Portland Women in Art Lecture Series Honors First International Guest: Mónica Mayer
Mónica Mayer was this year’s first international guest of the Portland Women in Art Lecture Series (PWALS). PWALS was founded in 2010 with the desire to bring feminist artists, curators, and scholars to Portland for public lectures, for student art critiques, and for faculty development with a committee made of of art faculty and students from all campuses of PCC and the art faculty of Portland State University.
Mónica Mayer is a Mexican feminist, a conceptual artist, activist, art critic/theorist, and was a columnist for Mexican newspaper, El Universal, for twenty years. The first iteration of El Tendedero (The Clothesline Project) was in 1978 and renditions of the project are still being done. You can find renditions of El Tendedero of pictures of shirts or notes hung on a clothesline that stretch across a courtyard or fill up an office room that have been done across campuses and offices world wide as well as here at PCC during the Spring Term. She knew that in order to be recognized in Mexico, she had to be recognized here in the U.S . She got a masters degree in sociology of art at Goddard College while participating at the Feminist Studio Workshop at the Woman’s Building in Los Angeles, CA, a non-profit arts and education center with a focus on feminist art that has served as a venue for the women’s movement from 1973 to 1991.
When asked by a student how she got her inspiration for El Tendedero, Mayer said she had never done a conceptual piece but felt an attraction to something made up of small parts which would make up a huge work of art. She explains, “The work is not about the clothesline, but the part where I go out on the street and speak to these women and ask things like:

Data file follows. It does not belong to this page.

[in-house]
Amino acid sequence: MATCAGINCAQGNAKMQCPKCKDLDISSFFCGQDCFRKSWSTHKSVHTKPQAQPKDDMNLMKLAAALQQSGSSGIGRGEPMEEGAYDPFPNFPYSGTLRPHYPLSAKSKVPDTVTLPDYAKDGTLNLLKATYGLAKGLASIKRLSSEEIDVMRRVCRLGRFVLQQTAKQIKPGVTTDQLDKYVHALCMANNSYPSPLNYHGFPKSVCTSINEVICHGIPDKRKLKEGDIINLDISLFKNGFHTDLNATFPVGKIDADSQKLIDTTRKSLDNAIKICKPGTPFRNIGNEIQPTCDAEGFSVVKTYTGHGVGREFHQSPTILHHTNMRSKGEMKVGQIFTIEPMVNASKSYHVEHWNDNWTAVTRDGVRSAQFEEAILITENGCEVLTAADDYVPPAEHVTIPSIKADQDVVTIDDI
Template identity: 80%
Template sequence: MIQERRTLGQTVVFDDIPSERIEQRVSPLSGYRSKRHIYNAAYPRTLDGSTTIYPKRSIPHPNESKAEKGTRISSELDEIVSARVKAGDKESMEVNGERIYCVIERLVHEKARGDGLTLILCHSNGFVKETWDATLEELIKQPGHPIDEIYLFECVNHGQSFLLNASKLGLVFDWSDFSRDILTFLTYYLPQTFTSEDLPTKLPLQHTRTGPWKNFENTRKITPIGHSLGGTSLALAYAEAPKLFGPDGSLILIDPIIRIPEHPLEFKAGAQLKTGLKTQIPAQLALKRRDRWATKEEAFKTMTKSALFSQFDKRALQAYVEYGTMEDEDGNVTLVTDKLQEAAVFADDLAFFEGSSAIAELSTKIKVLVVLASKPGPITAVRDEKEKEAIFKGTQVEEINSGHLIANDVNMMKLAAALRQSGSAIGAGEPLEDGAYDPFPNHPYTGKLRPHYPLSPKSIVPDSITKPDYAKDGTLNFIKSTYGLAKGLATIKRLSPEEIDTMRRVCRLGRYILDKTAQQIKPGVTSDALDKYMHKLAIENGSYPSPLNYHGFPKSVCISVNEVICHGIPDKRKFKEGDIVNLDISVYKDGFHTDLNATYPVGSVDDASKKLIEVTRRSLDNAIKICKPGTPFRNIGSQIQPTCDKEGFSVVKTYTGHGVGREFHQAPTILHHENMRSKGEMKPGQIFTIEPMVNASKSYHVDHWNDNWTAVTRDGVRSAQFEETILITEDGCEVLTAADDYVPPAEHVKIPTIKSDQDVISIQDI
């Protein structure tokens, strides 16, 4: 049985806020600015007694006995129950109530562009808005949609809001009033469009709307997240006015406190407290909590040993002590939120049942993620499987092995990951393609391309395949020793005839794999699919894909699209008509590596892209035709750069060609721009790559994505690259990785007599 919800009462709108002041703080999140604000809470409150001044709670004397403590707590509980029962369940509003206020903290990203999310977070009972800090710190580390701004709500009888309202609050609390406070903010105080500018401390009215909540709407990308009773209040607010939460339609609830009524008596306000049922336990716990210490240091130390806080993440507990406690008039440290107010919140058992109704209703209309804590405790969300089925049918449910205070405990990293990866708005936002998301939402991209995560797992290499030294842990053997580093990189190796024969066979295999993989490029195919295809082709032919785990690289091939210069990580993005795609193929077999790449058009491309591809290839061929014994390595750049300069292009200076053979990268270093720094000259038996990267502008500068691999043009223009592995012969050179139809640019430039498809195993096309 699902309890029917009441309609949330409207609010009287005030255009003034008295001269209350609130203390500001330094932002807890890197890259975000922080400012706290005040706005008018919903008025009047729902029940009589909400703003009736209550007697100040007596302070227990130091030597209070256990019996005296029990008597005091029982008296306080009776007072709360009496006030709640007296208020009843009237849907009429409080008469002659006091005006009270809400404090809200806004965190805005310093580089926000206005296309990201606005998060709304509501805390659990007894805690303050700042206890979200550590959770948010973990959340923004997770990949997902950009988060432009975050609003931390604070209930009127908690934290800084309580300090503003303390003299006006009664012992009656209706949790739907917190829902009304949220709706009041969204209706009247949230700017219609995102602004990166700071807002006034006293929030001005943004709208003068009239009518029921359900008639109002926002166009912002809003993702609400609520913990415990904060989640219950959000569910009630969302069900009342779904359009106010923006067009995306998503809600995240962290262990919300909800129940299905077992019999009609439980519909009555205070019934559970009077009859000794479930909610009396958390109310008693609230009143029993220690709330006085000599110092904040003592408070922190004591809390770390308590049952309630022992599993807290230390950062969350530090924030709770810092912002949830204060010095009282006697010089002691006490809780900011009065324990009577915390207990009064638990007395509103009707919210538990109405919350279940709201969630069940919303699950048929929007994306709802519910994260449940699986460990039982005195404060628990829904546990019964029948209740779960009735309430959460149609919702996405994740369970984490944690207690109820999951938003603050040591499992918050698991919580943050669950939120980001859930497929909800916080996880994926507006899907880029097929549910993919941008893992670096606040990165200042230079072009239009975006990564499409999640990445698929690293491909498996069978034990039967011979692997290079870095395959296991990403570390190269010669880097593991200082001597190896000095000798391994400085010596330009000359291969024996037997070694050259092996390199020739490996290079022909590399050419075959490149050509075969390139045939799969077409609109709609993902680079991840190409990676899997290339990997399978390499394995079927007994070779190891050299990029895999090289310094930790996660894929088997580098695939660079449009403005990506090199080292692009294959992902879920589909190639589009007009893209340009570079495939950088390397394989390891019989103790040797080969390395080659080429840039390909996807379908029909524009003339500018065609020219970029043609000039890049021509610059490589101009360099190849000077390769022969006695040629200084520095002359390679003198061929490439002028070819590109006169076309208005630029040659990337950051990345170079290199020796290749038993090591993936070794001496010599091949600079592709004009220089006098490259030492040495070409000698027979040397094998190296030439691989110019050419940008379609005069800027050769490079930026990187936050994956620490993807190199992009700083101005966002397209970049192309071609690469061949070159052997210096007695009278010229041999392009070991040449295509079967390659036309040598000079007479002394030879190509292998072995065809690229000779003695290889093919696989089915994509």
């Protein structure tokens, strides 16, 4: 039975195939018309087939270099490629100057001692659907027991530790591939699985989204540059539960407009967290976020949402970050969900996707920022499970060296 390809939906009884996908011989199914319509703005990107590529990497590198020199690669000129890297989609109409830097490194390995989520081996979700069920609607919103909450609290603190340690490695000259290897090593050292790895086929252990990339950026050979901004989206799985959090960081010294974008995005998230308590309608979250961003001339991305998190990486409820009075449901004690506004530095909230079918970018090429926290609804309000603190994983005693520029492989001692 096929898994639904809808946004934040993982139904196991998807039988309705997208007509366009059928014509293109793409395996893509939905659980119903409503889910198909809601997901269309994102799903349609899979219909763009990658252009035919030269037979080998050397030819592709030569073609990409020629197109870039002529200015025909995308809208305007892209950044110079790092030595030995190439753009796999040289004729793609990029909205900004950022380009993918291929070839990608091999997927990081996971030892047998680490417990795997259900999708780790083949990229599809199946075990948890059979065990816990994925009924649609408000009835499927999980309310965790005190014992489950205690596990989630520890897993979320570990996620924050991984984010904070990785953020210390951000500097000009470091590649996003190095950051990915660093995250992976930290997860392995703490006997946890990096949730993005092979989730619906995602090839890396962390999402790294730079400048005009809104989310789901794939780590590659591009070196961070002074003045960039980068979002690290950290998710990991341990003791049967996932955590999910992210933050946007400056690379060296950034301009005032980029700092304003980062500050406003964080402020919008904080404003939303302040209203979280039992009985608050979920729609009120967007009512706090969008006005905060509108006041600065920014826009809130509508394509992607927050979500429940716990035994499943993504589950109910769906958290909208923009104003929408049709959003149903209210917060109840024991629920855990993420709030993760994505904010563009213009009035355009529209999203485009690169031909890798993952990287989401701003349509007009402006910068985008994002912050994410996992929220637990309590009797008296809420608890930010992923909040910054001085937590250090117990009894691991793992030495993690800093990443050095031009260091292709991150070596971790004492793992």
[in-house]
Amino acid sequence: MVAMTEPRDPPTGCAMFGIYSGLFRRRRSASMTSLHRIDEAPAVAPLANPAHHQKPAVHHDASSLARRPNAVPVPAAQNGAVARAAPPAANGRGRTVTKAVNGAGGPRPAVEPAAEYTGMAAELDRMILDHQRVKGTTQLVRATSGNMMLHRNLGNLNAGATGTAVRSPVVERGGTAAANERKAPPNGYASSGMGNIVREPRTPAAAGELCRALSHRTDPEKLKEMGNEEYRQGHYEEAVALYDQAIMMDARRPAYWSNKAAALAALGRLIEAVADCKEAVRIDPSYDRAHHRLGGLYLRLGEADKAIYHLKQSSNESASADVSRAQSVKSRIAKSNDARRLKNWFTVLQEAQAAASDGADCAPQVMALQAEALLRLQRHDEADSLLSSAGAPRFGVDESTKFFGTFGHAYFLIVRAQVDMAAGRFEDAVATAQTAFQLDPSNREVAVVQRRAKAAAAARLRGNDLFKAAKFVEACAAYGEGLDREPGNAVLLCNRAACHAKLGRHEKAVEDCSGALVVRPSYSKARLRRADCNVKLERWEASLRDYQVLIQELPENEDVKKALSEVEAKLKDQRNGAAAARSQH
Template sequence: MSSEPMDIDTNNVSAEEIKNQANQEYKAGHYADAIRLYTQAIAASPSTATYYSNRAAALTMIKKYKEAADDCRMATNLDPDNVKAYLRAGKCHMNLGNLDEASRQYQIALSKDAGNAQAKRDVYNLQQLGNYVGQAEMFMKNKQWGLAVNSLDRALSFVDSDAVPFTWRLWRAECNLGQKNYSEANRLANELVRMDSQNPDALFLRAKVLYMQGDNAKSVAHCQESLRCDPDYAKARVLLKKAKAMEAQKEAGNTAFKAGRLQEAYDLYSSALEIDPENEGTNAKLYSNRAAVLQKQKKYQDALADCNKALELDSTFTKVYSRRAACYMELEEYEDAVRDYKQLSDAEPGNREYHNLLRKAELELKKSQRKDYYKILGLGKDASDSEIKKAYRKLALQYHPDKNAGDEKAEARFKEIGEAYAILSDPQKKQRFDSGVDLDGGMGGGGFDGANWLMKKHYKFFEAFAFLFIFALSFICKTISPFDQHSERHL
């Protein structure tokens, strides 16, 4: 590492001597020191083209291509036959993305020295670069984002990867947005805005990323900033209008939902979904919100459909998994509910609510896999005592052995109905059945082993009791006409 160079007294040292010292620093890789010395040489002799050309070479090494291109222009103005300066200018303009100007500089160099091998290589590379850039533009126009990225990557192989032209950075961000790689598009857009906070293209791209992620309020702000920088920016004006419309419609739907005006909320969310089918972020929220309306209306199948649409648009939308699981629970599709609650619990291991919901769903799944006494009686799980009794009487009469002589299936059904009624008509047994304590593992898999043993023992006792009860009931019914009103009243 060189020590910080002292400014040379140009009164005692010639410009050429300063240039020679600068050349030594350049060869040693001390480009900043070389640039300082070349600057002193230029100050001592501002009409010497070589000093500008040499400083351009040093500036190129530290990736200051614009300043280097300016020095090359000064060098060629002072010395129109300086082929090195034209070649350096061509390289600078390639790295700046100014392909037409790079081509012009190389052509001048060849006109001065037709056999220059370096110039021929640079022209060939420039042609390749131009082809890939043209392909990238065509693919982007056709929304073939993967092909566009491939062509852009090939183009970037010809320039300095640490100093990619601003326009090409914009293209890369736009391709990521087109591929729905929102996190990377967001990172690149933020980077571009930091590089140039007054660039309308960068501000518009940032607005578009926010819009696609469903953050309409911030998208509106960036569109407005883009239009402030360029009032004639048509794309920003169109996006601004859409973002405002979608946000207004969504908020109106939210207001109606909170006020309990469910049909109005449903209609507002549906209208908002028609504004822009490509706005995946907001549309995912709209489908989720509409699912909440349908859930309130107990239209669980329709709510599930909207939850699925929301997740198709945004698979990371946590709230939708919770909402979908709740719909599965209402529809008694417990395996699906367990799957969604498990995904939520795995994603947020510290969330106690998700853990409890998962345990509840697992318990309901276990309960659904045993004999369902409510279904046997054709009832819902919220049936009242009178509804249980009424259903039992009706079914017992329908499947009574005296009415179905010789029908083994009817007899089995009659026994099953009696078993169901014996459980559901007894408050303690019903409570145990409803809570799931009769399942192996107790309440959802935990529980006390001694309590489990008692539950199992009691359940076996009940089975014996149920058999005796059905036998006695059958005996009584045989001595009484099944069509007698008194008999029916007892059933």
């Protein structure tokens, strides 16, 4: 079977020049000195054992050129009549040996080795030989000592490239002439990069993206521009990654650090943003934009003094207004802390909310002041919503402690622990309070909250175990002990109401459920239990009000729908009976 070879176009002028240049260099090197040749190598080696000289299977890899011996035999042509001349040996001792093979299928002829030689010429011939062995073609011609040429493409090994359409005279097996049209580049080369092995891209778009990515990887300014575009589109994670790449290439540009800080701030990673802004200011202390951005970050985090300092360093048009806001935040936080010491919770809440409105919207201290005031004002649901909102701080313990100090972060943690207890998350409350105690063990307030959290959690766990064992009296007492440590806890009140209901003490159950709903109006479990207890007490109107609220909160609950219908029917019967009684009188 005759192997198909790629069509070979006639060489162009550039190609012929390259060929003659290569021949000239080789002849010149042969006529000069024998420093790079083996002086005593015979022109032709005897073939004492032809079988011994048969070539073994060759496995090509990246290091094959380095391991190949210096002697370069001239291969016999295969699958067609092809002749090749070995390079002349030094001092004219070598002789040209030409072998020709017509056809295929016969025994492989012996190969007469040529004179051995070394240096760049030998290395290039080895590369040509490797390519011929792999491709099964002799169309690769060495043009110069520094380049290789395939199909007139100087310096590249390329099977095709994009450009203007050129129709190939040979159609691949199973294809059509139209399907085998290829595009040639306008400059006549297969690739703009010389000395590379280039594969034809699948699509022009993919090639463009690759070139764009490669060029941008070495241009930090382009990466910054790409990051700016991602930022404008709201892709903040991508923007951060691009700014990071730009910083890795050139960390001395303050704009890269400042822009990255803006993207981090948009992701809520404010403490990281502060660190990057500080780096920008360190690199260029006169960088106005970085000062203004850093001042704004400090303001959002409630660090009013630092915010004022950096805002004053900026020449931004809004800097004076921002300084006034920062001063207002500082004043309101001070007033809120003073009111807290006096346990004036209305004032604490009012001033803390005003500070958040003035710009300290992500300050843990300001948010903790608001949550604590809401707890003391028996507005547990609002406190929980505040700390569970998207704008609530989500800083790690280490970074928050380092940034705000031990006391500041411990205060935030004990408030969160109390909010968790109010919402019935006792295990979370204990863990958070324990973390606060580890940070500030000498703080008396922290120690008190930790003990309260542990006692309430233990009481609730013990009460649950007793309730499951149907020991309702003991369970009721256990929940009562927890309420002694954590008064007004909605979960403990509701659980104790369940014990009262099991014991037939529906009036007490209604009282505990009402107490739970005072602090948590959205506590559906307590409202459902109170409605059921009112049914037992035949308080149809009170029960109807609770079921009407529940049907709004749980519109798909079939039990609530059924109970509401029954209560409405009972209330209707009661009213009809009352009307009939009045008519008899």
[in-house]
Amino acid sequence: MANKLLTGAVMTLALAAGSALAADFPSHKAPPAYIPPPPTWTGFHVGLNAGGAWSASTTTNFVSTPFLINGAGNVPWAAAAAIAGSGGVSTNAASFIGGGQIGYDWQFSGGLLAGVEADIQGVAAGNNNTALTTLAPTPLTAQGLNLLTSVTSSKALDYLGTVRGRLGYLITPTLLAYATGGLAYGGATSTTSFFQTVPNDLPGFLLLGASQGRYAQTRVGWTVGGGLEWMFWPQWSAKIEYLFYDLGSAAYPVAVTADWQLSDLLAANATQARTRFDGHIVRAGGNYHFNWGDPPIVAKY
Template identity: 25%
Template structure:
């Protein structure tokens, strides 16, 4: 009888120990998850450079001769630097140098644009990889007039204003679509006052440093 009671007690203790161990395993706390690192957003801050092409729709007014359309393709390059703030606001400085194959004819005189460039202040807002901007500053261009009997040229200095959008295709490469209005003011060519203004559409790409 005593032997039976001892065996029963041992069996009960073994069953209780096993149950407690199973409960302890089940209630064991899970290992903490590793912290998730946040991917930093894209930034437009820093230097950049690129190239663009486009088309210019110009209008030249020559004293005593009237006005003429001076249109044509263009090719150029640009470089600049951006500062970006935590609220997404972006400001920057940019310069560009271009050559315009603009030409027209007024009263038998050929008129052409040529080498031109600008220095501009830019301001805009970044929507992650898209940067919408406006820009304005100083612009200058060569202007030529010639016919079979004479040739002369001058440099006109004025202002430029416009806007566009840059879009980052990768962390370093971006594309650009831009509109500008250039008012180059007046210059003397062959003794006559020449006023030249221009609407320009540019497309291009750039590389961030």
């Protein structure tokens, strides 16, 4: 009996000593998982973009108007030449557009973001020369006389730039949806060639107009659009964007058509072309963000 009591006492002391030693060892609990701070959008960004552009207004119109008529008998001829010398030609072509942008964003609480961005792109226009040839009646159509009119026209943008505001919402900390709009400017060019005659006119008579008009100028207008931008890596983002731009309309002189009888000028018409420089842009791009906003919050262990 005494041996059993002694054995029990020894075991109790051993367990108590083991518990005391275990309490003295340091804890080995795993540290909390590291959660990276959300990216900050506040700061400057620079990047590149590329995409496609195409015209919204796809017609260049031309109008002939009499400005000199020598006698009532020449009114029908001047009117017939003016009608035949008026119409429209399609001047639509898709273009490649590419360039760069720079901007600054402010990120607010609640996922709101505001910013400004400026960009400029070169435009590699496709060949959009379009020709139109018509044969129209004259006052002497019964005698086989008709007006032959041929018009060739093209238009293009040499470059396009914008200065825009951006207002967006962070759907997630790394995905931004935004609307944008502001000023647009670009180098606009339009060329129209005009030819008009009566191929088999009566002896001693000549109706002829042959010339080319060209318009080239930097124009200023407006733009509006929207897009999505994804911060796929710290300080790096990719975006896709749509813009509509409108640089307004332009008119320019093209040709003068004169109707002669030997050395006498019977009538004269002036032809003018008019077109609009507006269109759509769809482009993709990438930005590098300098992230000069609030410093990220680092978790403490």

Hey, have you ever been harassed?
Has anybody ever touched your ass in the metro?
Did you like it?
Well, write it down then!
So, it was about making it visible — even for these women — that they were being harassed. I’ve always said that it wasn’t a sociological study but an art piece. It doesn’t have to do with truth. My act was to influence their thinking.”
Mayer isn’t too concerned about getting recognition for her work; she’s most happy when the project is repeated for education and activism “to keep the stories alive”. She hopes that we can have a dialogue about the roots of the harassment. When asked by a student what changes she’s seen in the forty years since the creation of El Tendedero, she describes narratives about sexual harassment shifting to “trying to change oppression between men and women by making them see the discrimination in their lives.”
You can walk through the gallery at Translocal Translation from November 8th to December 15th (Wednesday-Friday 12 pm – 7 pm and Saturday 12 pm – 5 pm).
For more PWALS infomation go to https://www.pcc.edu/about/events/women-in-art/about.html